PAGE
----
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Mouse model mimics OCD behavior


Scientists have been unable to test experimental treatments for obsessive compulsive disorder (OCD) in part because they lacked an animal model which mimicked the disease. Not any more. “Our (mouse) model can make accurate predictions about what you see in OCD, and that gives us confidence that the underlying neurobiology is likely to be similar between the model and the actual disorder,” said Stephanie Dulawa, PhD, assistant professor in the Department of Psychiatry and Behavioral Neuroscience at the University of Chicago Medical Center and senior author of a new study which may bring about better first line treatments for OCD.

Researchers have isolated a single neurotransmitter receptor in a specific brain region responsible for OCD-like symptoms. They noticed that a drug that activates the 1b class of receptors fo r the neurotransmitter serotonin was known to have the unintended effect of bringing about OCD as a side effect.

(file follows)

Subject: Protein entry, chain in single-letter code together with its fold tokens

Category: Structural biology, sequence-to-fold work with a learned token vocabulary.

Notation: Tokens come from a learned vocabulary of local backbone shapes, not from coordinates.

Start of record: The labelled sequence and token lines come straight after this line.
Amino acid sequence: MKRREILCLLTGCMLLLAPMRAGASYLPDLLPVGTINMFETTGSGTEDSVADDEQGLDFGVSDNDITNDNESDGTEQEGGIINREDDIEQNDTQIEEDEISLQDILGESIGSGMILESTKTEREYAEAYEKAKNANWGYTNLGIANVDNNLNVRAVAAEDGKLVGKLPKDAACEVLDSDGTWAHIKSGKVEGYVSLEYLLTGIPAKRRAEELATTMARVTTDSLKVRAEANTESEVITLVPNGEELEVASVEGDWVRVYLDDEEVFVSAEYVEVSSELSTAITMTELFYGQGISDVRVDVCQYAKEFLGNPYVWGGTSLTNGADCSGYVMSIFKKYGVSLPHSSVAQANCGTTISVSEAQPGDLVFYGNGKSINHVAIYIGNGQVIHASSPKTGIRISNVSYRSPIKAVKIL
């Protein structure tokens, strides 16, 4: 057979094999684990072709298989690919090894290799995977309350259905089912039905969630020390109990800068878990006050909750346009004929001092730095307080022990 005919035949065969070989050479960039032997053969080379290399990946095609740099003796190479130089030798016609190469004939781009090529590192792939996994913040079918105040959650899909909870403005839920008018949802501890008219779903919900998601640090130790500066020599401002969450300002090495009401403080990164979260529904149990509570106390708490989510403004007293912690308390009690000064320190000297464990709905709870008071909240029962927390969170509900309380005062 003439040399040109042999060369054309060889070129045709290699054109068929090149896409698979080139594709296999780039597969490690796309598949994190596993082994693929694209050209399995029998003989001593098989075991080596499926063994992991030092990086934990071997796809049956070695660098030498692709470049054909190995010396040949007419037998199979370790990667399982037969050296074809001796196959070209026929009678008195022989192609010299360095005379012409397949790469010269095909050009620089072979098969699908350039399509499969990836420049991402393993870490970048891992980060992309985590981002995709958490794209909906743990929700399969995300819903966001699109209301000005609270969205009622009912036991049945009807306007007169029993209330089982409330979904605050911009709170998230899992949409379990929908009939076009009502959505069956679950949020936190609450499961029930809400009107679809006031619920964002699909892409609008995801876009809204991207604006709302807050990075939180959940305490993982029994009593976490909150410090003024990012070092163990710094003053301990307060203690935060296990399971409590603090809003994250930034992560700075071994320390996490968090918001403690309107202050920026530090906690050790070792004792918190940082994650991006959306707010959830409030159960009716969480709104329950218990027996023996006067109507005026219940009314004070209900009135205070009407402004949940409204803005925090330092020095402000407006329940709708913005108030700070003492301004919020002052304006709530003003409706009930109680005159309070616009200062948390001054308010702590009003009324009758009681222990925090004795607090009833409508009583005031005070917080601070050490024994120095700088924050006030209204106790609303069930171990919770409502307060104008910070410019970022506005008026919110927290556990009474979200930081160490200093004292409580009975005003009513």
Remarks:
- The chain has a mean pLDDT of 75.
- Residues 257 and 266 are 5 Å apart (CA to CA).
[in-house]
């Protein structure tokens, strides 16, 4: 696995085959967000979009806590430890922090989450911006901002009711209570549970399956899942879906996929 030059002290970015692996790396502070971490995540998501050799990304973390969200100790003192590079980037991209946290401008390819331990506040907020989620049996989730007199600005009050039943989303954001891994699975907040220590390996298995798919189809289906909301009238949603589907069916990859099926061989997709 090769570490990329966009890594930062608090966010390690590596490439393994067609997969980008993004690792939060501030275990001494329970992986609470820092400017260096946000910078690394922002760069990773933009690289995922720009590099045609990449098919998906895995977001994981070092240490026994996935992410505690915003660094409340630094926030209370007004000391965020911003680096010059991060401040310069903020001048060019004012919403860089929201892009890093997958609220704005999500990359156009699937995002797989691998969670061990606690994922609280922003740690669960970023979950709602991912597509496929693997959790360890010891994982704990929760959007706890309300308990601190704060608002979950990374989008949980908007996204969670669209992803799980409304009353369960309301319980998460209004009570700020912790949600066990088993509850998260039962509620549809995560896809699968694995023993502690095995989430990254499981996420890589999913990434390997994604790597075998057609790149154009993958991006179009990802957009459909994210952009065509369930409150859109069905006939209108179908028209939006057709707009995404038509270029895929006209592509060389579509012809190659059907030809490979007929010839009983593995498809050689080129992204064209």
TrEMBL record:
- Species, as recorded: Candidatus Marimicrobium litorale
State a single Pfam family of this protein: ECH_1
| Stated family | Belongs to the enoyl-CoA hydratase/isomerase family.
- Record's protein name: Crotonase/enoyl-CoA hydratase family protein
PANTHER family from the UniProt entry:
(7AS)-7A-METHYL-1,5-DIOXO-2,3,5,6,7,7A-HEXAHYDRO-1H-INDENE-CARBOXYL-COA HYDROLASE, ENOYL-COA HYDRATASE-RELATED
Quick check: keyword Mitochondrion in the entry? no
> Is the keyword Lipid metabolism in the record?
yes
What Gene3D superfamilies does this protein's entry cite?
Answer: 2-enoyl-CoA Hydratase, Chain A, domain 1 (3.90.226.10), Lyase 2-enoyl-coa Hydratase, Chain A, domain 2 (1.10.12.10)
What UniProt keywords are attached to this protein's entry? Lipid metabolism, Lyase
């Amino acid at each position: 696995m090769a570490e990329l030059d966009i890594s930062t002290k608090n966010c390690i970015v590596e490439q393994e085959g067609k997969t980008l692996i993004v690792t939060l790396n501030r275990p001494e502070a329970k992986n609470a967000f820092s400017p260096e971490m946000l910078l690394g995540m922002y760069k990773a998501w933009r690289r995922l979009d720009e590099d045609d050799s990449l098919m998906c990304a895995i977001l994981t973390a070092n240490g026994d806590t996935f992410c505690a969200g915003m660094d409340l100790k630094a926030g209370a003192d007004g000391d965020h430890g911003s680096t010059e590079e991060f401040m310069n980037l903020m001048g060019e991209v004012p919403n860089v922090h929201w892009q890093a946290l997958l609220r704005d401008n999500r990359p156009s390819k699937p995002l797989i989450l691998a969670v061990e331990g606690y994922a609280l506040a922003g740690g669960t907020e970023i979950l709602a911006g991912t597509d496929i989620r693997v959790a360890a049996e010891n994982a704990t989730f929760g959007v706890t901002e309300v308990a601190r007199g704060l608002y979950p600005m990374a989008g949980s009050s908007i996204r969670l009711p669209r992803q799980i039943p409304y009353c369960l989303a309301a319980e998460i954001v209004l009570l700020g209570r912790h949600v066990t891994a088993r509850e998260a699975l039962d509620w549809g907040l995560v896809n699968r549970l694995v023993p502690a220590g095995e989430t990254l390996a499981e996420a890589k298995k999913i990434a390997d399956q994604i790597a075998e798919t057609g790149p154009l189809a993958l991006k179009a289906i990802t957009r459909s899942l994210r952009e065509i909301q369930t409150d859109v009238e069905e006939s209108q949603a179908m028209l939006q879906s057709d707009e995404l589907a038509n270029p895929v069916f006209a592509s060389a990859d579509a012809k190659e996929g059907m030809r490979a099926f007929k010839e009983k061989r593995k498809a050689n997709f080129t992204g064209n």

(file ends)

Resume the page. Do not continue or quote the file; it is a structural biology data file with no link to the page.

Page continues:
When the drug was given to mice, they showed repetitive patterns of behavior. They also appeared unable to filter out intrusive thoughts to carry on normal behavior. Then they tested the SRIs on the mice to see if their response time was similar to humans. It is.

“We have time course that nicely parallels or mimics the human therapeutic response,” Shanahan said. “In order to study how these drugs are working and the pathophysiology of the disorder, we need a model where this delayed onset exists. So we are really excited about that.”
Over two million people suffer from OCD in varying degrees. Neurotransmitter serotonin reuptake inhibitors (SRIs) have had limited success treating the disease only working for 40% of the people who take them. “OCD is very mysterious and very prevalent,” Shanahan said. “The development of OCD-specific treatments will be an extremely important step toward helping these people and preventing the disorder’s cost to society.”

Source: National Institute of Mental Health, MedicalNewsToday

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